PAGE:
Africa: Post-harvest losses fuel food insecurity

Huge loss! Months of toiling in the fields during ridging, planting, weeding, fertiliser application and harvesting end up making some small-scale farmers food insecure. Post-harvest losses are a painful reality which is threatening the agriculture industry in Africa. BRIAN LIGOMEKA writes

 Memories of a painful post-harvesting loss which 32-year-old Elton Chinama from southern Malawi’s district of Chiradzulu suffered two years ago still linger in his mind.

In an interview, Chinama recalled how in 2014 he ended up facing unexpected food shortage, despite working hard in his maize field.

“I worked hard and managed to harvest 20 bags of maize. Unfortunately, I lost 14 bags to weevils. I only managed to benefit from five bags which I used as staple food in my household for four months,” he said.

His mistake was that of storing maize in bags without applying pesticides.

“After that huge post-harvest loss, I am now wiser because I now use pesticides,” he said.

According to Chinama, to escape high pest infestation in storage, he is not the only one to incur such a huge loss as some farmers continue to meet similar fate.

“Post harvest losses are making some households food insecure,” he said.

The attack by weevils was not the first loss that Chinama suffered.

Before resorting to use of bags to store his grain crops, he used to keep his maize in a granary constructed with wooden poles and bamboos.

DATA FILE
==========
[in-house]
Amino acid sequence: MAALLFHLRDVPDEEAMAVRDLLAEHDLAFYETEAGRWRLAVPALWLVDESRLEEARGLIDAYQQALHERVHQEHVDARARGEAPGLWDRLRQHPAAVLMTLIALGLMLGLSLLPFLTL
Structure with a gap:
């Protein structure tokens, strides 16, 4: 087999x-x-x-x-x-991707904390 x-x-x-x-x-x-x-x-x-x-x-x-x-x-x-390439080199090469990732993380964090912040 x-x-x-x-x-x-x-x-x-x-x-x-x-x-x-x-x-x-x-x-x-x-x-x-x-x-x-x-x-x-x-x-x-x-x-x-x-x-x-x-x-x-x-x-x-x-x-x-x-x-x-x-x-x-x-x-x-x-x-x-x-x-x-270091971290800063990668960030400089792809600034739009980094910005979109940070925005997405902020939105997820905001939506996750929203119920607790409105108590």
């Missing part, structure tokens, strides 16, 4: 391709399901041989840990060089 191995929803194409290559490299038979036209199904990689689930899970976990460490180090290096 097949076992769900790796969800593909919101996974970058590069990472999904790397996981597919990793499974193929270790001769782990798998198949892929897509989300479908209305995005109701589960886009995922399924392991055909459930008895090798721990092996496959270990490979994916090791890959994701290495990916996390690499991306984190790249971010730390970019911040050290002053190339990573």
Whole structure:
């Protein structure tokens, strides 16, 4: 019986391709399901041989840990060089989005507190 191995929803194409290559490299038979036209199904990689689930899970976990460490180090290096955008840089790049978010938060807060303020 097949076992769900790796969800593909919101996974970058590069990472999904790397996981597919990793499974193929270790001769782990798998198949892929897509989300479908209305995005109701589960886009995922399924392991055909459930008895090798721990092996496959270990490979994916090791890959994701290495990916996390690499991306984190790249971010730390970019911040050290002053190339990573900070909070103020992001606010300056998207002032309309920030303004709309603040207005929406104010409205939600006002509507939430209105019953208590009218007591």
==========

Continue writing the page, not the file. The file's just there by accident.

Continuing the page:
“I abandoned the system of storing maize in a granary outside my house because thieves once stole maize from the granary… Enemies of grain storage are many such as rodents, thieves and weevils,” he complained.


Despite aspiring to achieve food security, post harvest losses haunt many farmers in Malawi and other African countries.

According to research by the Catholic Development Commission of Malawi (Cadecom), postharvest losses for Malawi sometimes go as high as 600,000 tones.

A 2012 report by Cadecom titled “Post Harvest Losses in Selected Crops in Malawi,” observed that post-harvest losses occur at each stage of the value chain of the selected crops in which the farmer is directly involved, from harvest to markets.

“The major causes of these losses include methods of post-harvest handling and pests. The main pests that are responsible for post-harvest losses that have been identified include weevils, livestock, birds, large grain borer, wild animals such as elephants; rodents and thieves,” observed the report.